It refers, of course, to the situation in the Detroit area. Next Tuesday, voters in the three counties whose residents most use the Detroit Institute of Arts will vote on whether or not to levy a tiny millage tax — $15 per $150,000 worth of property value — to support the museum. If not, director Graham Beal (left) told me, the museum will go into “a death spriral.”
Ordinarily, Beal would be blamed for letting the museum get so close to the brink, but no one I know or talked with about it would do that. Rather, some of his colleagues see his tenure there as rather heroic. Despite a deteriorating city around him and the worst economic conditions in Michigan in more than 50 years, the DIA has been operating in the black and has no debt.
And, as Samuel Sachs II, who preceded Beal as the DIA’s director, noted, “If you visit the museum, you don’t know it’s undergoing tough times. If a museum starts looking shabby, it’s really in trouble.” I didn’t go to Detroit for this story, but last year, when I was there, I would have agreed — the DIA looked splendid. When I told Beal about Sam’s comment last Friday, he complimented his “very stressed” staff. (Sorry, Sam, this was in the WSJ story but got cut.)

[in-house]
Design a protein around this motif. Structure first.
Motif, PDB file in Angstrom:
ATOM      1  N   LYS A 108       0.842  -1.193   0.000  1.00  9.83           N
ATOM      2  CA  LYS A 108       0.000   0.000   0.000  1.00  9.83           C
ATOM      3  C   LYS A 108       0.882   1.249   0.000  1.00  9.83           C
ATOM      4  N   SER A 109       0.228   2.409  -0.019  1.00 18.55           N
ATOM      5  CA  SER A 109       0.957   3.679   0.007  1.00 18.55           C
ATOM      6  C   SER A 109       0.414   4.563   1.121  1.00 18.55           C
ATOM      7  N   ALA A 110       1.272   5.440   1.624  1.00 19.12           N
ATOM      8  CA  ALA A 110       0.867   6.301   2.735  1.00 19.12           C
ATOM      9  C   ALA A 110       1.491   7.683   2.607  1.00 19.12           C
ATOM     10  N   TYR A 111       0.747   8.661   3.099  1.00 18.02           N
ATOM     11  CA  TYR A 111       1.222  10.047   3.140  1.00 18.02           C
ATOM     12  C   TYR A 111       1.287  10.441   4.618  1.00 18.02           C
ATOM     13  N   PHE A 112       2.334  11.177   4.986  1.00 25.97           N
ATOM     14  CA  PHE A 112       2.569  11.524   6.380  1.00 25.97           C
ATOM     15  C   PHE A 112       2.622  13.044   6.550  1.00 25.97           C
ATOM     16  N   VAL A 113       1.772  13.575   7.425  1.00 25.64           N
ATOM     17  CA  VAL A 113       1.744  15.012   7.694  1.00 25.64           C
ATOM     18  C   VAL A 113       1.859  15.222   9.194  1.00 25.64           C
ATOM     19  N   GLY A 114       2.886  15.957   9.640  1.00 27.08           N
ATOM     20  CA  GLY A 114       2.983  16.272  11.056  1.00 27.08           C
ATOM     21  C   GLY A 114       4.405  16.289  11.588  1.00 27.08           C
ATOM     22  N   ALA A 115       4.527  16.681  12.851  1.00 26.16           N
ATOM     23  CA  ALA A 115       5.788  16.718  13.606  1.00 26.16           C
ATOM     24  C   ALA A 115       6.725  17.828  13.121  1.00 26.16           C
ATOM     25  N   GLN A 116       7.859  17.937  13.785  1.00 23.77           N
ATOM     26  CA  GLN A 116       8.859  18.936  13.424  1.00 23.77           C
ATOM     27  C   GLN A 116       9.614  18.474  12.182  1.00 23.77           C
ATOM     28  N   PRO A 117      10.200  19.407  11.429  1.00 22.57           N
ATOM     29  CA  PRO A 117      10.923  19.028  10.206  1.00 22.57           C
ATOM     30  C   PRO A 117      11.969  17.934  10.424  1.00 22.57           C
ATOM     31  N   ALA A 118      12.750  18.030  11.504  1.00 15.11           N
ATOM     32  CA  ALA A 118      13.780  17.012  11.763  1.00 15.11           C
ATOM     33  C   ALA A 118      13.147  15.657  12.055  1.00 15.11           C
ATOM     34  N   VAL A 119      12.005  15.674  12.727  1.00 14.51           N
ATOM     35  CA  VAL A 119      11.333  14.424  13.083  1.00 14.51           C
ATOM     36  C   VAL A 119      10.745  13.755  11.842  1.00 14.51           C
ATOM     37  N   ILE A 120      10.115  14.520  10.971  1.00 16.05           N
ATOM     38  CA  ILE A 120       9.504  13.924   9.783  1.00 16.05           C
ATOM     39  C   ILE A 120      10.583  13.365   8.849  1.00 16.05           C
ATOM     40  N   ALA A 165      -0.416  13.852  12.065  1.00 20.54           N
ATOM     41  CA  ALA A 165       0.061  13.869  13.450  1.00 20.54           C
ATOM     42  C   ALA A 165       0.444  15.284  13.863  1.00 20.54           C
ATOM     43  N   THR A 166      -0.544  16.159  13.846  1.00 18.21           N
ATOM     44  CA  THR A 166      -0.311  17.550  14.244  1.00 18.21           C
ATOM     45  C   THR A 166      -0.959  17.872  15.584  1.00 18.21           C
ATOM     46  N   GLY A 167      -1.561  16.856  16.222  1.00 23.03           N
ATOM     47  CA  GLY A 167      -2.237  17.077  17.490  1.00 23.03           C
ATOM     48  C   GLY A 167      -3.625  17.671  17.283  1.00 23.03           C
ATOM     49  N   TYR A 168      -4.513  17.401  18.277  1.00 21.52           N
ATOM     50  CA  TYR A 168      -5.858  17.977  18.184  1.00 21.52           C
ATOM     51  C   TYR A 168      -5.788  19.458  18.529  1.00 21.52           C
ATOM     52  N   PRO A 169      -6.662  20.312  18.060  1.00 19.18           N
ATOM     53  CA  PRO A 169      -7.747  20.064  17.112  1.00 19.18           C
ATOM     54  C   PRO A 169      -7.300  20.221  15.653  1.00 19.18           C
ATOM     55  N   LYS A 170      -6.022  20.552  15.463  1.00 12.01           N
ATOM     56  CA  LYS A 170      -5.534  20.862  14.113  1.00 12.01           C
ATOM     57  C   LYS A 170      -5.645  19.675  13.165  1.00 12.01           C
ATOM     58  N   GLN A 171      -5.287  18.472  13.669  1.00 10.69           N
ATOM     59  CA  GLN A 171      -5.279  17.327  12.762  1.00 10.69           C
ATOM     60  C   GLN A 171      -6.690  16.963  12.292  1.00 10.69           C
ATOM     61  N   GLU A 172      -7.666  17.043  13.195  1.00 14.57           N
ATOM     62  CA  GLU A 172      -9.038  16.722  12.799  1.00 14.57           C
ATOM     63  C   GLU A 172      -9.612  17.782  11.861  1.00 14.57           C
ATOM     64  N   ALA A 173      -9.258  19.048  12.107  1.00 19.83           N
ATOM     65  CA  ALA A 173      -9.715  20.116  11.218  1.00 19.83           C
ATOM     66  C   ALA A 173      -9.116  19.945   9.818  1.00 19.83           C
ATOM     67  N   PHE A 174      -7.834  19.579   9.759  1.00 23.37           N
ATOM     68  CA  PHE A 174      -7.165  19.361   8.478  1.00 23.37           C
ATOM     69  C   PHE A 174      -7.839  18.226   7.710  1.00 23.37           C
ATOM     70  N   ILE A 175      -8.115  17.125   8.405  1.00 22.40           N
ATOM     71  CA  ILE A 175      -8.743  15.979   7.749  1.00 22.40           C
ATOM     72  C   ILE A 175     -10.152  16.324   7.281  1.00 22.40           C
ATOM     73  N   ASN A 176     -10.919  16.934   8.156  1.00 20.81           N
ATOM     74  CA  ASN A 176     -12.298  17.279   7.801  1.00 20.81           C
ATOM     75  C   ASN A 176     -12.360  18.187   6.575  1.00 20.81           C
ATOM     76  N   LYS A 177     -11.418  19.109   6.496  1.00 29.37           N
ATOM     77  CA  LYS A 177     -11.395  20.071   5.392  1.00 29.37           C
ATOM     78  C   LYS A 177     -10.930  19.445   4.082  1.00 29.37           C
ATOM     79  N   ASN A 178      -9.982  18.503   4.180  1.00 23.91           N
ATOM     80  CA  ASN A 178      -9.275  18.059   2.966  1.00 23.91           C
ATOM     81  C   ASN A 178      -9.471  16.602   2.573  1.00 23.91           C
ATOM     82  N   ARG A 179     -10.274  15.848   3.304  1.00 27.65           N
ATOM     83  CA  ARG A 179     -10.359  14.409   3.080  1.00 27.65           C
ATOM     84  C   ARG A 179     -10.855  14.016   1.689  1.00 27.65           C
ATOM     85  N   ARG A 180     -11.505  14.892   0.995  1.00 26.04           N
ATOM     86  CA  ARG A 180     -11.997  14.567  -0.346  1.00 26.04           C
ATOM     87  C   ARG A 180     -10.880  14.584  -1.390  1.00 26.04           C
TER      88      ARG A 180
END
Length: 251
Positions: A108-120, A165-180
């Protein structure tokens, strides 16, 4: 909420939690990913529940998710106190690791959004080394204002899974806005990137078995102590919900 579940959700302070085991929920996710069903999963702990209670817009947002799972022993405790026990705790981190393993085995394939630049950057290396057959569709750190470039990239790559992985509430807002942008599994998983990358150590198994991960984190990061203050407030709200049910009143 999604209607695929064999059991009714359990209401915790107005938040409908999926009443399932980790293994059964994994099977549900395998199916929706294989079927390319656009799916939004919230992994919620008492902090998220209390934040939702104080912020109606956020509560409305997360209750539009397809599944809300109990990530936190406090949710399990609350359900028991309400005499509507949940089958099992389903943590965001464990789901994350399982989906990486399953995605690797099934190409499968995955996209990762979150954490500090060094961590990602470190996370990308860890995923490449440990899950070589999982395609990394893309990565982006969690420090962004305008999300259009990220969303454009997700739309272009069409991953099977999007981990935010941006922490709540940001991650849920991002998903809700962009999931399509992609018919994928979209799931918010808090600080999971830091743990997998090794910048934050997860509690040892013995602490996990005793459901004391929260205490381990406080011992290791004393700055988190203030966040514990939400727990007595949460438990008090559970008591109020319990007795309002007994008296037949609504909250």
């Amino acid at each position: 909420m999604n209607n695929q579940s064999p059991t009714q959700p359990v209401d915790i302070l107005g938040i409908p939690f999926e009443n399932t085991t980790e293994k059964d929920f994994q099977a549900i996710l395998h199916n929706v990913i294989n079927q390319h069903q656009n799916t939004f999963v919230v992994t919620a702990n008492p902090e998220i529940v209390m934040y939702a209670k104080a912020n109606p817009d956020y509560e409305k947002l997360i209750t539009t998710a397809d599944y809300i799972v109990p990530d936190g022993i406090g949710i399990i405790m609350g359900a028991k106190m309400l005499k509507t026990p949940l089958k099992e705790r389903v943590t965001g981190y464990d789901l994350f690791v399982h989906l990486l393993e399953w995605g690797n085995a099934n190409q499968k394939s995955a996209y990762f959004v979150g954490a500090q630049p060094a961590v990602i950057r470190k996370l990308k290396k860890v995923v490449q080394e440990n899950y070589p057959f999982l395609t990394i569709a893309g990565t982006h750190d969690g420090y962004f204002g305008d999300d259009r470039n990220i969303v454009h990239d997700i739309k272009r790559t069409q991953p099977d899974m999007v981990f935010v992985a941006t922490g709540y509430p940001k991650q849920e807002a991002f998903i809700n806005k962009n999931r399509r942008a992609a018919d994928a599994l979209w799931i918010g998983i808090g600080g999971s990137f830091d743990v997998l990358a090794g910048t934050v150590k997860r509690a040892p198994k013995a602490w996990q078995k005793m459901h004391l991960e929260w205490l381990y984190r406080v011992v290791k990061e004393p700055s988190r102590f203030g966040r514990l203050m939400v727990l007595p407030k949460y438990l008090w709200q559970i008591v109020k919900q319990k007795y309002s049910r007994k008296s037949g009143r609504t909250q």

Still, as the article says, the DIA is at a point where it needs to ask donors, each year, for gifts to cover more than its operating funds, a model that’s simply not sustainable. I laid out the economics fairly succinctly, but if you would like to see it graphically, take a look at the charts published by the Detroit Free Press. The Free Press published its own narrative of the story, with much more detail, on July 22.
I can honestly say that I can’t think of what else the museum could be doing either, other than asking for public support — which the DIA has chosen to do with a millage tax. Today’s Free Press carried an exclusive poll showing that 69% will vote for the tax — but pollsters interviewed just 237 adults. True, Aug. 7 is a primary, so a small number of people are likely to vote, but still…
The DIA has made a gutsy move, and I just hope it works. It would be a tragedy to see that museum go into decline.
Here’s the link to my piece.
UPDATE: I can’t resist adding this piece on MLive, which in the process of reporting a rally on the millage, tells the tale of two kids who sold lemonade to raise money for the DIA. They took in $22.50 in 45 minutes.